Dr. Richards went on to write, “Western tradition often stresses that if we are ‘ill’ we must cure the sickness inside us before taking our place in the world again. What BA does is tell people that they do not need to do this. So although you might think that is common sense, you would be surprised at how many people are applying a ‘fix me first’ principle and are surprised by the BA rationale …”
Behavioral activation therapy highlights a subtle, yet significant, shift in how treatment for depression is viewed, in general. A common analogy used in describing this type of therapy is that it works from the “outside-in” rather than the “inside-out.” That is, if you’re depressed you don’t wait to feel better and then participate in fulfilling activities (a common and somewhat intuitive strategy). Rather, the participation in meaningful work will alter your outlook and mitigate the depression. This, I could relate to.
I could recall myriad examples of times when I knew that sitting on the couch and binge-watching bad TV or going to bed at 7 pm was not going to lead to fulfillment of any kind, and much more likely just make me feel worse about myself, but I did it anyway. Why? Likely a strange dichotomy of wanting to make myself feel better from a quick-fix of escapism coupled with a twisted hatred of myself – I couldn’t possibly excel at anything other than existing as a gluttonous zombie, so why bother? And then, of course, there is not wanting to be a burden to others or to bring them down. Practicing self-imposed isolation in order to avoid becoming the archetypal “Debbie Downer” feels necessary to preserve relationships and save face.
But, clearly, this approach doesn’t work for most. It certainly didn’t for me.
The Exeter study was a well-controlled, randomized analysis of over 400 men and women who either received CBT or BA therapy. One year after treatment, both groups reported at least a 50% reduction in symptoms and were equally likely to experience remission. Both groups also contained some participants already taking antidepressants (ADs).
I asked Dr. Richards if he thought that being on medication could make someone more receptive to the therapy. He did not believe so, “We stratified the randomisation to ensure both groups had the same likelihood of being on ADs. The key thing is that for most of them, the drugs had not worked, evidenced by the fact that they had been on them for a considerable while before starting BA. We chose this because this is the reality of clinical services – psychological therapists have to work with patients who are on tablets as well as undergoing therapy. It’s the real world.”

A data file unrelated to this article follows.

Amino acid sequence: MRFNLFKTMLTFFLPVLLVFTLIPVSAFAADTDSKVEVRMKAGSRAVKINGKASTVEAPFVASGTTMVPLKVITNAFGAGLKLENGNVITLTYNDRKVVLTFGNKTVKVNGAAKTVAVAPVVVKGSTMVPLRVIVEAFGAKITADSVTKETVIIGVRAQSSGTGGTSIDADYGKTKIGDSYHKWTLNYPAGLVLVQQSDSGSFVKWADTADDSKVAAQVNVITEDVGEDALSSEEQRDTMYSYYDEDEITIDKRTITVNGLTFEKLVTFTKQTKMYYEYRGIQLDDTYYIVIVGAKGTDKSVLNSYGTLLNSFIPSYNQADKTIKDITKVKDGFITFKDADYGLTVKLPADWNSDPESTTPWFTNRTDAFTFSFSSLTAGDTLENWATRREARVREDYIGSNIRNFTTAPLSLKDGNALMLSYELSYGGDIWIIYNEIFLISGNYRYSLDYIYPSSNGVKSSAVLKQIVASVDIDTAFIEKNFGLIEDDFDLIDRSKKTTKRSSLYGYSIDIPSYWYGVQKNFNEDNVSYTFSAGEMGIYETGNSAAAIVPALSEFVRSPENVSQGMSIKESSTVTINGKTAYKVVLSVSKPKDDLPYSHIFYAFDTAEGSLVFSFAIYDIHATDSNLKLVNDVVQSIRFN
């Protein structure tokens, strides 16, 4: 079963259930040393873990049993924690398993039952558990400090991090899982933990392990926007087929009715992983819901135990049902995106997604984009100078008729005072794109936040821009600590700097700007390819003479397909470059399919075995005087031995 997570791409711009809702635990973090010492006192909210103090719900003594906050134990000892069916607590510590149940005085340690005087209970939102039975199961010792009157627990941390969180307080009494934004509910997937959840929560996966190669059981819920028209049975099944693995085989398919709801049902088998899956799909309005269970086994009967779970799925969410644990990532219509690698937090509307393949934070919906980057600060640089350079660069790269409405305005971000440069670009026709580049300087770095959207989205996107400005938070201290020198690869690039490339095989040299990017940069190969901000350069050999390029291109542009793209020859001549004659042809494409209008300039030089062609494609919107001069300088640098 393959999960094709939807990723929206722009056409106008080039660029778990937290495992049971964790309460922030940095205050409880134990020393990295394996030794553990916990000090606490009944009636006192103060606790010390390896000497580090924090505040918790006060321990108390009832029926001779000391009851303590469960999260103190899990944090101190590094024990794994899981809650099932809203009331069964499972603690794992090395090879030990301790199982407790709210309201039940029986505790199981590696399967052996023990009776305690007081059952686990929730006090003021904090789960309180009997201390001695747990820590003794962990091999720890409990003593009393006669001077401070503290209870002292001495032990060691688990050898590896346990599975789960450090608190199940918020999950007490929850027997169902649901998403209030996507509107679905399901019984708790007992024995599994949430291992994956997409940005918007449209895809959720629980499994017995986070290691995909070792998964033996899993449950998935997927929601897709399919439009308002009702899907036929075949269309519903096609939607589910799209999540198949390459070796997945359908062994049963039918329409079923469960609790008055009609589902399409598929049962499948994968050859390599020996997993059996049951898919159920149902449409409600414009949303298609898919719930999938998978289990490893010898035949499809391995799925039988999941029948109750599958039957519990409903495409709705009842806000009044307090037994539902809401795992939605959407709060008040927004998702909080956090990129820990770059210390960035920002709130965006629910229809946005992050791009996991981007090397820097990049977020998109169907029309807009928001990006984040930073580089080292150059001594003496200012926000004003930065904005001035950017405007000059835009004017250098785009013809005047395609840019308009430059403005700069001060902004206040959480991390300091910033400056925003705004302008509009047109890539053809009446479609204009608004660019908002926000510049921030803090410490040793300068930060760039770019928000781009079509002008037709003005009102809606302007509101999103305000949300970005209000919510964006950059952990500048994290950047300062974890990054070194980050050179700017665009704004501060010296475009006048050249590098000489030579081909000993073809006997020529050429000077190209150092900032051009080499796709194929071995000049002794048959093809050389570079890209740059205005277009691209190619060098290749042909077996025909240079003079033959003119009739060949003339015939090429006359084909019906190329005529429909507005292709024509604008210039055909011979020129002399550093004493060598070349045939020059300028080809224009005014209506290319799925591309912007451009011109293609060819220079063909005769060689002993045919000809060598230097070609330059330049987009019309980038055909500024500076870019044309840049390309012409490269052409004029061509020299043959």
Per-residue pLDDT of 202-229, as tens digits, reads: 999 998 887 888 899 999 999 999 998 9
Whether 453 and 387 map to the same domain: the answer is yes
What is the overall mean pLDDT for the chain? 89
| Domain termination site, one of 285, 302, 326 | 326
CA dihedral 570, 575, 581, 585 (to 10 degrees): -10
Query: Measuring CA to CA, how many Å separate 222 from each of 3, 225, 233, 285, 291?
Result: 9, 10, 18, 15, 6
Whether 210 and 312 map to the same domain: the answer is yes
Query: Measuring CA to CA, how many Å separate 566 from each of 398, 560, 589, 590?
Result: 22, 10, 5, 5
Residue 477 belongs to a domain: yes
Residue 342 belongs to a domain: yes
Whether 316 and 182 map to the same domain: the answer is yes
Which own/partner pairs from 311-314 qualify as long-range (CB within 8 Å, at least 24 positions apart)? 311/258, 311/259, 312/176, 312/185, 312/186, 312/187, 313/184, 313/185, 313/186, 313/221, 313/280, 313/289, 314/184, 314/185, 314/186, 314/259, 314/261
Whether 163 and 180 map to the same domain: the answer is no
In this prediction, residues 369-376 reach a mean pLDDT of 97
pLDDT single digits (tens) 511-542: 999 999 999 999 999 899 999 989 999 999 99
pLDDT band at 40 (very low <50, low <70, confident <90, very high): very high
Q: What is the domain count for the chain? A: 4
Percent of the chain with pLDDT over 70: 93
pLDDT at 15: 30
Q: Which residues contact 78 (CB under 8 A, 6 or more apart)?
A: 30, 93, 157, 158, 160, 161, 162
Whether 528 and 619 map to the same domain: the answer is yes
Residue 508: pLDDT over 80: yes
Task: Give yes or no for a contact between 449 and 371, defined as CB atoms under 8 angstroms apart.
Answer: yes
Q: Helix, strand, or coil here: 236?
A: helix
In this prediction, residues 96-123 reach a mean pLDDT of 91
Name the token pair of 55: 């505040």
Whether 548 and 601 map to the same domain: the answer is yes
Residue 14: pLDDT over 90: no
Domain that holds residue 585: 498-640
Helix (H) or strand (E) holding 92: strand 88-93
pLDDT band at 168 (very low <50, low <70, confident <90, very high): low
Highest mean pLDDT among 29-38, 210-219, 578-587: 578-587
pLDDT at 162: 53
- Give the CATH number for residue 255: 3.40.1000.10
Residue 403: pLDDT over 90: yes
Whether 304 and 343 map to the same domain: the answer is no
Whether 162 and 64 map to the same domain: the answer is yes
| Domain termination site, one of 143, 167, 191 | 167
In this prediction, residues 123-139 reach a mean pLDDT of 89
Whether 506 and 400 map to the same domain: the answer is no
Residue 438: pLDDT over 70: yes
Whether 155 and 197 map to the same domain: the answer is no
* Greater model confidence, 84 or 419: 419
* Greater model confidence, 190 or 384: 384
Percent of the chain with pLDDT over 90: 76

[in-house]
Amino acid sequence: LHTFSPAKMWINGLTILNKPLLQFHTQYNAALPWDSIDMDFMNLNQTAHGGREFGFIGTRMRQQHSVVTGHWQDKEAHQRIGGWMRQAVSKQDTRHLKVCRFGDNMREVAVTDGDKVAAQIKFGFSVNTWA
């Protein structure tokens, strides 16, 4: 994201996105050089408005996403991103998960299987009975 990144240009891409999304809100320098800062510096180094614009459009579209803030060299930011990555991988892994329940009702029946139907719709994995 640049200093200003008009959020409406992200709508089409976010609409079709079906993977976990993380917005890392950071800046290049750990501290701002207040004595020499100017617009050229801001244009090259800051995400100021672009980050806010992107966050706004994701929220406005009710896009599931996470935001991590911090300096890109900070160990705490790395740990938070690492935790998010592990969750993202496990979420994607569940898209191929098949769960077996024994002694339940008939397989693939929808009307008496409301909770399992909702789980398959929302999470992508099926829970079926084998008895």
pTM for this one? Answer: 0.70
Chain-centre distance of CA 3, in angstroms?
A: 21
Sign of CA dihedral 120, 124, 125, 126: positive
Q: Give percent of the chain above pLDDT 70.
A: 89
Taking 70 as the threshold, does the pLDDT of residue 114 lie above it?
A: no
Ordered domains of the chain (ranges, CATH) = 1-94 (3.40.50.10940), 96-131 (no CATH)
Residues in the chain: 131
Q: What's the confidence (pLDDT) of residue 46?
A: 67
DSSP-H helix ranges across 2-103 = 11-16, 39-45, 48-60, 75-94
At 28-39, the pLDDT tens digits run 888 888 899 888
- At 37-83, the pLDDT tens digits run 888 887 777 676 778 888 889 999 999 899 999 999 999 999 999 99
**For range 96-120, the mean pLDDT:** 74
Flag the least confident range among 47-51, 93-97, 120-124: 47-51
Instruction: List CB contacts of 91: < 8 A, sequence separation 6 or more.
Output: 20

The real world is replete with people suffering from depression (approximately 350 million worldwide). Of those, many do not have access to adequate treatment. According to the study, BA therapy is a more cost-effective option (about 20% less expensive than CBT), as treatment can be delivered by less specialized health workers. This is important. Wide-scale treatment options are critical, especially in low income countries where the treatment gap can be as much as 80 – 90%.
When I first read about BA, I mistakenly thought the goal was to do what makes you happy. But this is not the case. I asked Dr. Richards about this: “It’s not at all about making you happy. It’s about the function of behaviour in the short- and long-term. People learn to see the connection between activity and mood and choose activities where their experience is that this will be a more positive experience – achieving things, reducing avoidance.”
When asked why he believes BA therapy works, Dr. Richards responded, “It is because what we do has a profound connection with how we feel. Experiencing this connection is the core.”
I think I’ll be adding aspects of BA therapy to my current repertoire. As much as I sometimes want to avoid others, I’ll make the extra (albeit sometimes painful) effort to socialize with friends and to engage in tasks that “rational me” knows will lead to fulfillment (even if “depressed me” fights it). It will be a slow process, but no better time than the new year to forge new habits, new behaviors, and hopefully, resurrect a happier version of myself.